When COVID-19 started, I heard a promotion that said uncertainty is exciting and frightening. That is so true. I am excited about the possibilities of a new career and afraid of when it will come. I am excited about the time I will have to really be with my family and afraid when my transition will actually end. Fear and excitement, two very different emotions, at the exact same time. For me, it is the timing of the unknown that creates the biggest fear. If left unchecked, that fear can limit the excitement side.

That means holding both hope for the future and not being blind to your current reality. It is staying hopeful on the job hunt and making sure I do not lose sight of what is needed today.

3. Everyone’s Journey is Different—Be True to You

Everyone will have an opinion on how you should manage your transition. Here is the deal. This is your career search, your future and most importantly, this is your life. All of it needs to feel, be and sound like you. There are hundreds of experts out there and insightful posts on how to land your dream job. You can also find experts who contradict each other on every point. You need to ensure your approach fits who you are.

Think of every conversation or networking call like your own personal career advisory council.

  • What wisdom do you see in the ideas that people have shared with you?
  • What resonates with who you are?
  • What have they said that you had a visceral reaction to?

Listen to all the opinions and ideas. Then, remember it is your job as CEO of your transition to decide how you will implement your plan. The only rule I think everyone agrees on is dress nice for your interview and wear pants—even for the virtual ones.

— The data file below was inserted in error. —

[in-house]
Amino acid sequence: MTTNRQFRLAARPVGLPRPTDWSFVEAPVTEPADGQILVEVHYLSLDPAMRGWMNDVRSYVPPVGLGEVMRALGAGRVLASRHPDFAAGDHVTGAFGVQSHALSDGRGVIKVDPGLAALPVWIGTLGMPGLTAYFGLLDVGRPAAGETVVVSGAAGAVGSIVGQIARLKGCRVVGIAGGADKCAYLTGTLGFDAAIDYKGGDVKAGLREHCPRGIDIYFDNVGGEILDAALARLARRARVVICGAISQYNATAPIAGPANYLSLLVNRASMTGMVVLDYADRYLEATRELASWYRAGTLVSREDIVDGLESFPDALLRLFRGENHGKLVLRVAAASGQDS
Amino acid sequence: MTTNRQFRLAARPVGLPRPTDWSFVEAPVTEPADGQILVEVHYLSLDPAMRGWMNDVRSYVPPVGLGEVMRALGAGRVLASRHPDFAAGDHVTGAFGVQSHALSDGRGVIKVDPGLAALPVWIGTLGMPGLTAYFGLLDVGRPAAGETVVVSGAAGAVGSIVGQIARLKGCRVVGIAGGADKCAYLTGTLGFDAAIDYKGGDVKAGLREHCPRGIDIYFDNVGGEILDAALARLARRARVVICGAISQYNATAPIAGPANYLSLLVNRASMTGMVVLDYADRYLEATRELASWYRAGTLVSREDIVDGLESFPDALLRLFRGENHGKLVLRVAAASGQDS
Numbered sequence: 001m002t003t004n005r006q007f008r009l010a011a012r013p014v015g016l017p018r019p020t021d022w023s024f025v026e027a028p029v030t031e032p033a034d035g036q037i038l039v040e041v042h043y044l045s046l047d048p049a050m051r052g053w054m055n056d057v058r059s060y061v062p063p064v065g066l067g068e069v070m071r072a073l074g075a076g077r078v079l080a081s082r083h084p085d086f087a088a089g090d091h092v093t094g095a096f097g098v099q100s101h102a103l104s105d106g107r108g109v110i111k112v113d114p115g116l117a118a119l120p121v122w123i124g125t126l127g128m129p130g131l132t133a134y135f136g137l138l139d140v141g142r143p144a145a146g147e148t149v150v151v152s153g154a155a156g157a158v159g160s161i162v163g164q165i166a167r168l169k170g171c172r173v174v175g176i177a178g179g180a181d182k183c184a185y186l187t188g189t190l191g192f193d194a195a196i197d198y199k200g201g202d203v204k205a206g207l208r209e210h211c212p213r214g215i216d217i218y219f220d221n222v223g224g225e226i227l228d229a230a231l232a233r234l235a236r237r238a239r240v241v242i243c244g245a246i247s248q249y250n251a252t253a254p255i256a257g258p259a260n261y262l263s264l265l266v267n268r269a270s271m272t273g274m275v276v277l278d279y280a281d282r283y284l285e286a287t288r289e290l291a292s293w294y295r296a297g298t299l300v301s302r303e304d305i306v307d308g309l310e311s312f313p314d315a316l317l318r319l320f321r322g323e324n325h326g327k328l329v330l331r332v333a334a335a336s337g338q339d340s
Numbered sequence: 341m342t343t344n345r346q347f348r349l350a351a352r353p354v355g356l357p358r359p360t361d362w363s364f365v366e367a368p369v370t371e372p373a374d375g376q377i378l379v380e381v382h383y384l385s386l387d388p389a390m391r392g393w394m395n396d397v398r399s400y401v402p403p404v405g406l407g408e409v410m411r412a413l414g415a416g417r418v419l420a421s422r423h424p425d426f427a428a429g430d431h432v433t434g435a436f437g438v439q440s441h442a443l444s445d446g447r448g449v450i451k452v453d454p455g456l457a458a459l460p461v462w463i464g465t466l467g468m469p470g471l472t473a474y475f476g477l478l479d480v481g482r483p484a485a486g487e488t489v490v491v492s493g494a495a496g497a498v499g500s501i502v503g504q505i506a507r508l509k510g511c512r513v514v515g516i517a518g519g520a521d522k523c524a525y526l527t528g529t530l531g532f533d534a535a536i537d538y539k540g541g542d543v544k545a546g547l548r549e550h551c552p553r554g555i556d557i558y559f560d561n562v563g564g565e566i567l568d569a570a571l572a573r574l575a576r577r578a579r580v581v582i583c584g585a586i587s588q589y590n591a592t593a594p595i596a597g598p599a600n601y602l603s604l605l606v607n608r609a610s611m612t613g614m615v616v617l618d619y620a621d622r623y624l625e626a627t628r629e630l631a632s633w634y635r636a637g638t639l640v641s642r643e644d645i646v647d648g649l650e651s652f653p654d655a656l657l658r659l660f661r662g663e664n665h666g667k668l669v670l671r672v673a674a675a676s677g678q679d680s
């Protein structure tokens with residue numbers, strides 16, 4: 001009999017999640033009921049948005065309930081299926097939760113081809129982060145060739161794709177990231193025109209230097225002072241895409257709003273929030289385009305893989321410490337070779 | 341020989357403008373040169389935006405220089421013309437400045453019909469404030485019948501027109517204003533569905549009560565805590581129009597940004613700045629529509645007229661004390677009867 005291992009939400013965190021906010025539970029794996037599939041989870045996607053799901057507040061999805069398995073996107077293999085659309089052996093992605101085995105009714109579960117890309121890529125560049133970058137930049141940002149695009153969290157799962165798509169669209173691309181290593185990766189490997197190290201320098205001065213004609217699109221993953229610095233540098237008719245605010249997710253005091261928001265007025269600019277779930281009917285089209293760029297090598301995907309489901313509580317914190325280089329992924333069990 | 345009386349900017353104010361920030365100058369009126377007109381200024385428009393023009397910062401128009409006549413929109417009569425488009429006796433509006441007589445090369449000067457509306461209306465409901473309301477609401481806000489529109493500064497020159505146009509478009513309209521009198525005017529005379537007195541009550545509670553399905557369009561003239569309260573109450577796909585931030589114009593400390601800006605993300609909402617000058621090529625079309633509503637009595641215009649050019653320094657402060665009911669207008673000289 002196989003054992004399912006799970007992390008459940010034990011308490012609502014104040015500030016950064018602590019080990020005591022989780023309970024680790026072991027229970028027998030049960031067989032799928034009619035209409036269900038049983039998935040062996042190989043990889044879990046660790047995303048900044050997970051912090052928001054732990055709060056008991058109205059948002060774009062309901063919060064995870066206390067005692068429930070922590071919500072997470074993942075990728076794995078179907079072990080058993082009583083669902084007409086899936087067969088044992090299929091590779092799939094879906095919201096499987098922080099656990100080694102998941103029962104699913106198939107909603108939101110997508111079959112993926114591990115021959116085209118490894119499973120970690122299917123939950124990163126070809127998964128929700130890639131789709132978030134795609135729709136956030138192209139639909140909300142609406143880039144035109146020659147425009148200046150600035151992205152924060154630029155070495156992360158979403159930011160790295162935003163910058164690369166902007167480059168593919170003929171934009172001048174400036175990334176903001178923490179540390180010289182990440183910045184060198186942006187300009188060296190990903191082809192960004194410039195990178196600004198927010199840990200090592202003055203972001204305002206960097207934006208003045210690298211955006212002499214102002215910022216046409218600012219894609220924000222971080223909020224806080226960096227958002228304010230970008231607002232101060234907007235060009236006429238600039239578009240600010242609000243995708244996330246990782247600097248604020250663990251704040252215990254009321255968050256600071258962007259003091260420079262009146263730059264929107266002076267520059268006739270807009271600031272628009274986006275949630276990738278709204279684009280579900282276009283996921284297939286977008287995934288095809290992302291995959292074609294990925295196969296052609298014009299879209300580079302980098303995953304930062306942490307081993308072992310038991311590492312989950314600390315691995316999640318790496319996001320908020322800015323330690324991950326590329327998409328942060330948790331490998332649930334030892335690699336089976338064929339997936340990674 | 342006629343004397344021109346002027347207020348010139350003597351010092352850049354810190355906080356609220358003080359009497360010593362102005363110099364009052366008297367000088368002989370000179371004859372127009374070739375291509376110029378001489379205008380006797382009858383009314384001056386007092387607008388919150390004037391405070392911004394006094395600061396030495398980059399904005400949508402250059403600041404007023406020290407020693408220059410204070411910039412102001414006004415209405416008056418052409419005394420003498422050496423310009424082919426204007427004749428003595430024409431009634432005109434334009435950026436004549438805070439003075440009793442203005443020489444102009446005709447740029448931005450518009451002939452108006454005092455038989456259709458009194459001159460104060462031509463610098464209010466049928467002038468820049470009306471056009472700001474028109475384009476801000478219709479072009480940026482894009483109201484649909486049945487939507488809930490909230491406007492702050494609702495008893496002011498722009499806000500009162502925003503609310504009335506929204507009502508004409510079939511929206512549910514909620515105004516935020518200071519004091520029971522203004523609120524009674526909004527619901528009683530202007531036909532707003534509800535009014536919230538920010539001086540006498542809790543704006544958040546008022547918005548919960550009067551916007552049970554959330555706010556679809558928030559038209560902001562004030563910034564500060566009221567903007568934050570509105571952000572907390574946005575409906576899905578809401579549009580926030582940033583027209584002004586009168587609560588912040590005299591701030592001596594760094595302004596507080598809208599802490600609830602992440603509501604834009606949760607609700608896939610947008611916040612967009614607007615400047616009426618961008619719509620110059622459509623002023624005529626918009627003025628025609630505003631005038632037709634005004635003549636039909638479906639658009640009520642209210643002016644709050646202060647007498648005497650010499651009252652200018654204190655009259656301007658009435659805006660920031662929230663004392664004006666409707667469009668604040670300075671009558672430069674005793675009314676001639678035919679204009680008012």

4. Invest In Yourself

Re-entering the world of looking for a job can be overwhelming and intimidating. I needed an expert guide. A coach to push me and encourage me. A LinkedIn guru to show me how to build “my brand” and get noticed. Practice with my interviewing skills. Most of all, I needed someone to remind me that this was not the end, but only the beginning.

Enter a transition service firm. I had the gift of being introduced to the team at Navigate Forward. They became my bright spot when things felt dark and my guides to navigate my transition adventure.

Navigate Forward helped me remember who I was and the value I bring to any organization.

I was truly blessed to be paired with Jill Harmon as my career coach. She knew when I needed encouragement, a reality check or someone to hold me accountable. Most importantly, she helped me remember who I was and the value I bring to any organization.

Take it from me, a great transition guide can make all the difference. Invest in yourself and find a strong transition service firm to travel on this journey with you. Better yet, negotiate the service as a part of your severance. Trust me, the money you will spend now will pay out over and over again on your journey.

If you are in transition, remember that this is simply an end to part of your story. Your story still has a lot to be written and you get to choose where the next chapter starts. Don’t lose hope. It only takes one job offer. You’ve got this.

 

About the author: Adam is committed to repaying the generosity and kindness he was given during his transition by helping others during their journey. He lives in Minnetonka, Minnesota, with his amazingly talented wife and two cool daughters. He is outnumbered by females in the house, including their dog Ginger. Connect with Adam on LinkedIn.